Jobs today are no cake-walk. Long hours with hardly any breaks, stress to achieve targets, a boss watching over your shoulder are just a few among the variety of reasons working professionals today are reporting more and more instances of stress and anxiety. If you have noticed, whenever you getagitated, angry or highly emotional your breathing becomes shallower and your reactions become less measured. Breathing, while an involuntary action, can definitely be controlled and should be if one wants to get through the day with minimal stress.

Deep breathing helps stimulate our parasympathetic nervous system, or PNS. This system is responsible for all the activities that happen in our body when it is at rest. It functions in a manner opposite to that of our sympathetic nervous system which generally controls our primal instincts of fight-or-flight.

Doctors believe that by voluntarily changing the depth, pattern and rate of breathing you can change what signals are being sent to the brain. The breath, according to the yogis of old, is the vehicle of ‘praan’ or the essential life force, we draw it in with every breath we take. Research even shows that changing your breathing patterns can help you access the autonomic communication network of the body, which can have powerful effects on ones thought, emotions and behavior.

Here are some simple breathing exercises which will barely take up any time but leave you feeling refreshed and de-stressed:

Equal breathing

One of the easiest breathing exercises, sama vritti, or equal breathing is something you can do for a few minutes anywhere, be it at work, at home or even if you are out in the park. To start off, inhale for a count of four and exhale for the same count. Yogis were said to be able to increase this count by many minutes, but you can still aim for six to eight counts per breath. This exercise calms the nervous system,increases focus and reduces stress. If you have difficulty breathing try this exercise before sleeping, it is as simple as counting sheep, except far more beneficial and effective.

Pythagorean pattern

This might sound a little challenging but it is in fact quite simple. Inhale slowly for five seconds, hold the breath in for three seconds and finally exhale slowly for four seconds. You may need a clock beside you to ensure you are doing it for the right span of time, do not try to unnecessarily prolong the duration.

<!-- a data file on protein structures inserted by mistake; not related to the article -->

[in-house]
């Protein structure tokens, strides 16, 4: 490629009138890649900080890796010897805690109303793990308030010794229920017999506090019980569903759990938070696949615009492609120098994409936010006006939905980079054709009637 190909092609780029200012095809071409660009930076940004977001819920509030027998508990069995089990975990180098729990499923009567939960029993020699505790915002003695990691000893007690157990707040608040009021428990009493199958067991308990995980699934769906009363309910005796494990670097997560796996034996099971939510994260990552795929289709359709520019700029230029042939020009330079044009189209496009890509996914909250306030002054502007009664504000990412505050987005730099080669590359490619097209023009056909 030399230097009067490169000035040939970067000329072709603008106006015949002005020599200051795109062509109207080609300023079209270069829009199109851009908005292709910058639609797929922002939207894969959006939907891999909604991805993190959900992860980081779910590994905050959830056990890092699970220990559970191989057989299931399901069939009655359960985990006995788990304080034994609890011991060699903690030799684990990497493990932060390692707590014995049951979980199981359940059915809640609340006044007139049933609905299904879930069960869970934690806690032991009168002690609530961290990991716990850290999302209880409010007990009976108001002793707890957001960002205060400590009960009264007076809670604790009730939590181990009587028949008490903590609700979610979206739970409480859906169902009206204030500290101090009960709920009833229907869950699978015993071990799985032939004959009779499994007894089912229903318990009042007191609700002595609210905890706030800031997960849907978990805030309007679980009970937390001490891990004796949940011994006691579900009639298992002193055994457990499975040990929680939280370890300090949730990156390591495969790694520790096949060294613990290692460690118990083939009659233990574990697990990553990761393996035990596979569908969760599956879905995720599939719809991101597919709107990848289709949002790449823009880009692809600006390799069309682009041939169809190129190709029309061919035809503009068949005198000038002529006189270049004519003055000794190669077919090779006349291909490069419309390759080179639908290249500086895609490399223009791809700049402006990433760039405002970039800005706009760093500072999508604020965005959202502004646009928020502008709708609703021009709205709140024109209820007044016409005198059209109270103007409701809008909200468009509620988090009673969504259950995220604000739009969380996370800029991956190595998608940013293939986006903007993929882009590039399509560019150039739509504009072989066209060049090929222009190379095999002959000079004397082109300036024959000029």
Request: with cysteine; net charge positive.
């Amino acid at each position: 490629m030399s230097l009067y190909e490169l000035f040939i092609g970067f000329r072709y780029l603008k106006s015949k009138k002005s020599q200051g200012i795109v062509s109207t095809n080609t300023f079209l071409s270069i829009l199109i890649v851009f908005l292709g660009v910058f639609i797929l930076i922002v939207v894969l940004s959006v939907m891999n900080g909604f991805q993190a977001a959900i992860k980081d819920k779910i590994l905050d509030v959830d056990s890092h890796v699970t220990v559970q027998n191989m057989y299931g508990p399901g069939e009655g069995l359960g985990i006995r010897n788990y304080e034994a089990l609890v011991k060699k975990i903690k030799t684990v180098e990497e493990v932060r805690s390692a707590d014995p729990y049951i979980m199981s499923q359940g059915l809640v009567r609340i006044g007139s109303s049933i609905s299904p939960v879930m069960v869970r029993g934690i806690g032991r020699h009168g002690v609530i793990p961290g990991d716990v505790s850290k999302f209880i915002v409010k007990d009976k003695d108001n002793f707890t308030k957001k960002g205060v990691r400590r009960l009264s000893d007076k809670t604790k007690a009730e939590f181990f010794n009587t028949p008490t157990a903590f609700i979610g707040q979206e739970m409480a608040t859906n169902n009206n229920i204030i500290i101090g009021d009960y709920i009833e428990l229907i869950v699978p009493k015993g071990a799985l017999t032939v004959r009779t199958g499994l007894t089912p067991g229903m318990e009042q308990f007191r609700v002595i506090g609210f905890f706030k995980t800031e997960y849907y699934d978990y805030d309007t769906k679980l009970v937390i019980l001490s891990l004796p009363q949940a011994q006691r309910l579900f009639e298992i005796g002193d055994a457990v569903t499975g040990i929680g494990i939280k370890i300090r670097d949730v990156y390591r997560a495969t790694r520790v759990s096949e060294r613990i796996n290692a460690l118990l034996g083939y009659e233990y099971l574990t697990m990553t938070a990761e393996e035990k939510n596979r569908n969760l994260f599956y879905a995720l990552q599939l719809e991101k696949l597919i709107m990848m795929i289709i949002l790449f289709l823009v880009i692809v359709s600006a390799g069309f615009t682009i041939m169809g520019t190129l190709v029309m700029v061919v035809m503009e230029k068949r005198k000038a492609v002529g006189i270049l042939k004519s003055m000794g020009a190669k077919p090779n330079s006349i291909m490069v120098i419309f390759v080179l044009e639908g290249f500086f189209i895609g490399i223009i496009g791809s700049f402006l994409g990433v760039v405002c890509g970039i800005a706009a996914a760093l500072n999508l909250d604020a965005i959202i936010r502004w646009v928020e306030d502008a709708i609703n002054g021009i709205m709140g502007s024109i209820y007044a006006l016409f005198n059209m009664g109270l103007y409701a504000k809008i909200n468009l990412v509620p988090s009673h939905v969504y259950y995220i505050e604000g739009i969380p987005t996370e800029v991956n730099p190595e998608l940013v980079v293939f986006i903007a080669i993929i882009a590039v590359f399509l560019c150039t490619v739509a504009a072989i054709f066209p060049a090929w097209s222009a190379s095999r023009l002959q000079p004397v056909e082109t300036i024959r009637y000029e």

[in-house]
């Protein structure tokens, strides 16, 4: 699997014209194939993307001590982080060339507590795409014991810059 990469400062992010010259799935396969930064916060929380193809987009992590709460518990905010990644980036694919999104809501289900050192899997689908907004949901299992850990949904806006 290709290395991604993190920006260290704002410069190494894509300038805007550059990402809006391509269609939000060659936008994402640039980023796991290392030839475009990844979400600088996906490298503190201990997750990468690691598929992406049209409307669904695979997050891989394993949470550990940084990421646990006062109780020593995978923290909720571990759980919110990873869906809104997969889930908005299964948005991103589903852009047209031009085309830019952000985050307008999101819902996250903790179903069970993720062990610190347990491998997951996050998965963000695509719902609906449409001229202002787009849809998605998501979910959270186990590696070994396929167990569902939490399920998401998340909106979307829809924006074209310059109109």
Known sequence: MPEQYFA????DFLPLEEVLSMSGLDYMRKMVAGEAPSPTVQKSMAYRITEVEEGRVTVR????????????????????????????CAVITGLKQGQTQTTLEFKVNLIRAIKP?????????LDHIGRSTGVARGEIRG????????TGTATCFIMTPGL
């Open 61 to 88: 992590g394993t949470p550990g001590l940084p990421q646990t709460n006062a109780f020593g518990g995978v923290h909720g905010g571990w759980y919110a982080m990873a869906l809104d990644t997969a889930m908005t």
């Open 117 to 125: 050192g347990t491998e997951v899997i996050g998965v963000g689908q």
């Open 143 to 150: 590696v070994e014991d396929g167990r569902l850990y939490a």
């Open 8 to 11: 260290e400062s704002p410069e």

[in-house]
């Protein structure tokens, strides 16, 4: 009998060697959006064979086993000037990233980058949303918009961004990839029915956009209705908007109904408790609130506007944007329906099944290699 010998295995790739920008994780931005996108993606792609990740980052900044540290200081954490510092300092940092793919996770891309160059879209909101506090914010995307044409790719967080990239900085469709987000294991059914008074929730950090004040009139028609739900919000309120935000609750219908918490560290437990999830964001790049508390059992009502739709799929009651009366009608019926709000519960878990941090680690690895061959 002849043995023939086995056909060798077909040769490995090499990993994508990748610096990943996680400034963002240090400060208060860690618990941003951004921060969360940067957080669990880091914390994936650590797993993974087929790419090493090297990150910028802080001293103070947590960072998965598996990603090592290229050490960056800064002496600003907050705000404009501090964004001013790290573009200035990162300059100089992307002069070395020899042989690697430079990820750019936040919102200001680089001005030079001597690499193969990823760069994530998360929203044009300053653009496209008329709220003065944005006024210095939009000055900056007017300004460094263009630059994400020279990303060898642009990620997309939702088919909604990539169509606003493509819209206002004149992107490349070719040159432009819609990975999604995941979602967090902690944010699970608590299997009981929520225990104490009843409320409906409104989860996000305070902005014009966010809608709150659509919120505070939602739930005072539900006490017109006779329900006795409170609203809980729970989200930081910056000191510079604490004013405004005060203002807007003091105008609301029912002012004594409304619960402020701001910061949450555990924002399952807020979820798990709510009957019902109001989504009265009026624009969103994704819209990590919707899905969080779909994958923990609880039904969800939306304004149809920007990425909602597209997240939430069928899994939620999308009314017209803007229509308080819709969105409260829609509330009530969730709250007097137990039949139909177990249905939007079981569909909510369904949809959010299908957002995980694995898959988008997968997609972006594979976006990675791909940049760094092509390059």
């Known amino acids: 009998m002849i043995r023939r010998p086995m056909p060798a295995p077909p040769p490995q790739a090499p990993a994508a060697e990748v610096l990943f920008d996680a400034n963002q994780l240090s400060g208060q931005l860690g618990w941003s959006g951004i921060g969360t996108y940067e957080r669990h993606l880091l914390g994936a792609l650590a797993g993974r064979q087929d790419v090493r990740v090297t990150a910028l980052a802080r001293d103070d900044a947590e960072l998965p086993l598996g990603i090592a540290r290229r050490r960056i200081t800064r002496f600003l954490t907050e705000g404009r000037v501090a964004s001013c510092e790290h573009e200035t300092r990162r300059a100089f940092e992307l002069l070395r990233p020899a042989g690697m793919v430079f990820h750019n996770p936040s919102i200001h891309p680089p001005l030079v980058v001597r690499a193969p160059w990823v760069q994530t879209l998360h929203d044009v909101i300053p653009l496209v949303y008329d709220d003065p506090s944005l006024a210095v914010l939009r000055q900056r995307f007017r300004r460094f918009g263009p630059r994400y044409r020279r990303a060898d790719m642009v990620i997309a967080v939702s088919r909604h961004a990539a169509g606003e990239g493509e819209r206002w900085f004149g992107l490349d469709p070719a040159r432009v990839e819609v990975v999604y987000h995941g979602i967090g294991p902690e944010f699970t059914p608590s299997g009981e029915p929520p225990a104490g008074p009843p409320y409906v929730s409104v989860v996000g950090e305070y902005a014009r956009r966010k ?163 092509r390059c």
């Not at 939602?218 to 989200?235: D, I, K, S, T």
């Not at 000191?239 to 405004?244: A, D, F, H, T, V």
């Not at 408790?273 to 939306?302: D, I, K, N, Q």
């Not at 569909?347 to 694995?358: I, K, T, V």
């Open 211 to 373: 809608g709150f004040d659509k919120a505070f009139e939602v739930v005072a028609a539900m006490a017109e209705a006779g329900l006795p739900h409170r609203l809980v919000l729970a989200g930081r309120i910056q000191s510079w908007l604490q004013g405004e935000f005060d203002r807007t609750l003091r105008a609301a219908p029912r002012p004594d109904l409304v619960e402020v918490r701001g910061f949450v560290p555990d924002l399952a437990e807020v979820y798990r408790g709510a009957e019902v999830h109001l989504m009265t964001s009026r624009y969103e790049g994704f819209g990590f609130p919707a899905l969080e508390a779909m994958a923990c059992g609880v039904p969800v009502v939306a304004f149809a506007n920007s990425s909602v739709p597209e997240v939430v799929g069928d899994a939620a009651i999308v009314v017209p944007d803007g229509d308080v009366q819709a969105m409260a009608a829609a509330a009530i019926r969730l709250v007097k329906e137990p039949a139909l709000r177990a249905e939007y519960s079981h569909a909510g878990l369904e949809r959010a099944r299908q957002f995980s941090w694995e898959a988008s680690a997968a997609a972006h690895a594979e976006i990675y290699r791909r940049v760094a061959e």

This exercise will help you ground yourself in the present moment and help bring your panicked mind back on track. Try and hum a low sound when you are exhaling.

Alternate nostril breathing

Nadi Shodhanam, or alternate nostril breathing, is considered to be one of the most potent relaxation techniques out there. It infuses a sense of calm and centered awareness on the individual when practiced regularly. To do this exercise first seat yourself comfortably. Hold your right thumb over the right nostril and inhale through your left. At the peak of the inhalation cut off the left nostril with your ring finger and exhale with your right nostril. Continue for a few minutes. People have  reported feeling as if they have just had a coffee after doing this exercise. This is a brilliant means of bringing together your left and right brains and bring a sense of  calm and balance. Do this before a big meeting or a pitch and see the difference in your performance.

Abdominal breathing

One of the easiest breathing exercises that can be performed, abdominal breathing can help you reduce blood pressure and stress. To do this exercise put one hand on your chest and another on your stomach.Take six to ten breaths a minute, long and deep, enough to ensure that your lungs expand and stretches your diaphragm. Do not allow your chest to rise and fall, make sure you are breathing from your diaphragm. Doing this exercise for about ten minutes every day can cause palpable difference in your heart rate as well as blood pressure and leave you feeling calm and relaxed. While it may be difficult to control your breath at first it will get easier with time.

Do not discount breathing as being merely an involuntary activity. As far as your well-being goes how you breathe has a lot to do with it. So make sure you are breathing right every day and making the most of every breath you take.

 

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